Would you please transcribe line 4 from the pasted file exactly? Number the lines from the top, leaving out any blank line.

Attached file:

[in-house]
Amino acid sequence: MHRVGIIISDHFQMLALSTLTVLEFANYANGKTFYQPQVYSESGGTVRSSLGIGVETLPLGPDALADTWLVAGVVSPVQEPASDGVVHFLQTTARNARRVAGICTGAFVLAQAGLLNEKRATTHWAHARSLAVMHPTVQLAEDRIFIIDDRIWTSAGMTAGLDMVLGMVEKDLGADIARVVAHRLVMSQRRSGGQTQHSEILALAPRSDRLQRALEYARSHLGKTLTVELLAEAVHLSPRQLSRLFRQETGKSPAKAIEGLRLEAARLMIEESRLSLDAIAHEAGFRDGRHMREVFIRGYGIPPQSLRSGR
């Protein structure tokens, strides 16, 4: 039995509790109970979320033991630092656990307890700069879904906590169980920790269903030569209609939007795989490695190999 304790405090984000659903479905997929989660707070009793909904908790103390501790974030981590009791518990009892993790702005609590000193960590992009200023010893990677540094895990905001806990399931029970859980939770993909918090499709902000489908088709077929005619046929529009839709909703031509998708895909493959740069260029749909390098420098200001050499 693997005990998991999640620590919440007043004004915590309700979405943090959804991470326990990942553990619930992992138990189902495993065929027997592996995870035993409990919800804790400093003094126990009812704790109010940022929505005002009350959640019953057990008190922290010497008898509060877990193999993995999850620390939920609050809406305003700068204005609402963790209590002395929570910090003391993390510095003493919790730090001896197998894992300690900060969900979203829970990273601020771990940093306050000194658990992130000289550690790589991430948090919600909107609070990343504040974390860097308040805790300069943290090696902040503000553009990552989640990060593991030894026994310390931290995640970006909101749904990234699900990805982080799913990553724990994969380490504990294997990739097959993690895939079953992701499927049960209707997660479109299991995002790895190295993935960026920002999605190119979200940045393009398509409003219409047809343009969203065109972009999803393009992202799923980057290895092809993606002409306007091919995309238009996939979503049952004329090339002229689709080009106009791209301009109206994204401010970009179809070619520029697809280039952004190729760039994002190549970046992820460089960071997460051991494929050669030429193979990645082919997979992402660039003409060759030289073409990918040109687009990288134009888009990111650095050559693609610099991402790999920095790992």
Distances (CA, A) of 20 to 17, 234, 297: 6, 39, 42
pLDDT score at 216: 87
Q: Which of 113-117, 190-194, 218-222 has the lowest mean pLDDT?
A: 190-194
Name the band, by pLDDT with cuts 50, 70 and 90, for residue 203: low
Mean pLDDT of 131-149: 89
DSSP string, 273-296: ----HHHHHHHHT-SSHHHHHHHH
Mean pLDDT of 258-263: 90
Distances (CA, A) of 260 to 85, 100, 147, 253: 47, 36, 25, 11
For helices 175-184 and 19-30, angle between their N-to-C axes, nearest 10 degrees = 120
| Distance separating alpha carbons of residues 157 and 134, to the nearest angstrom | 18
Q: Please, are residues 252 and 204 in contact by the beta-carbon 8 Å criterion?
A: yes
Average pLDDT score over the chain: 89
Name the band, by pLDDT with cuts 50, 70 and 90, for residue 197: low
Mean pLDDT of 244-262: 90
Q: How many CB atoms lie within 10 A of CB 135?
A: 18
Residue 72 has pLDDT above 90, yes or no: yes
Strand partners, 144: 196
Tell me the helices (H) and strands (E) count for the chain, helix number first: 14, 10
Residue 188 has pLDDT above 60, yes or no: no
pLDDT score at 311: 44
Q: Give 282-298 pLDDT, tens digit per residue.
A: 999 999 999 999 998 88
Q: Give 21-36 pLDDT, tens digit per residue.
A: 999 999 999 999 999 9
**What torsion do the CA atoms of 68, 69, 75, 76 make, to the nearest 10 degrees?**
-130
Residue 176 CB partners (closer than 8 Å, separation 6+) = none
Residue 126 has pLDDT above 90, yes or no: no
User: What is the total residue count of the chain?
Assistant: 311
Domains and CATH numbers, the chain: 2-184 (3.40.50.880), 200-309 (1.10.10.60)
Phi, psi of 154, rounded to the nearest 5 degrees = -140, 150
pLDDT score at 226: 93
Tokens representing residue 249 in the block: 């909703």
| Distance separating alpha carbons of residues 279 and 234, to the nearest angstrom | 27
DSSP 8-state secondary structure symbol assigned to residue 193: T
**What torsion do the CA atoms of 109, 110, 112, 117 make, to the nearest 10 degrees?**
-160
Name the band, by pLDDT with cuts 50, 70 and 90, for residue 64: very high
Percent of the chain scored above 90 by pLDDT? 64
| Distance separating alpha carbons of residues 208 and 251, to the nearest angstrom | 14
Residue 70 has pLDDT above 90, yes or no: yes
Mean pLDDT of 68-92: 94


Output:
Distances (CA, A) of 20 to 17, 234, 297: 6, 39, 42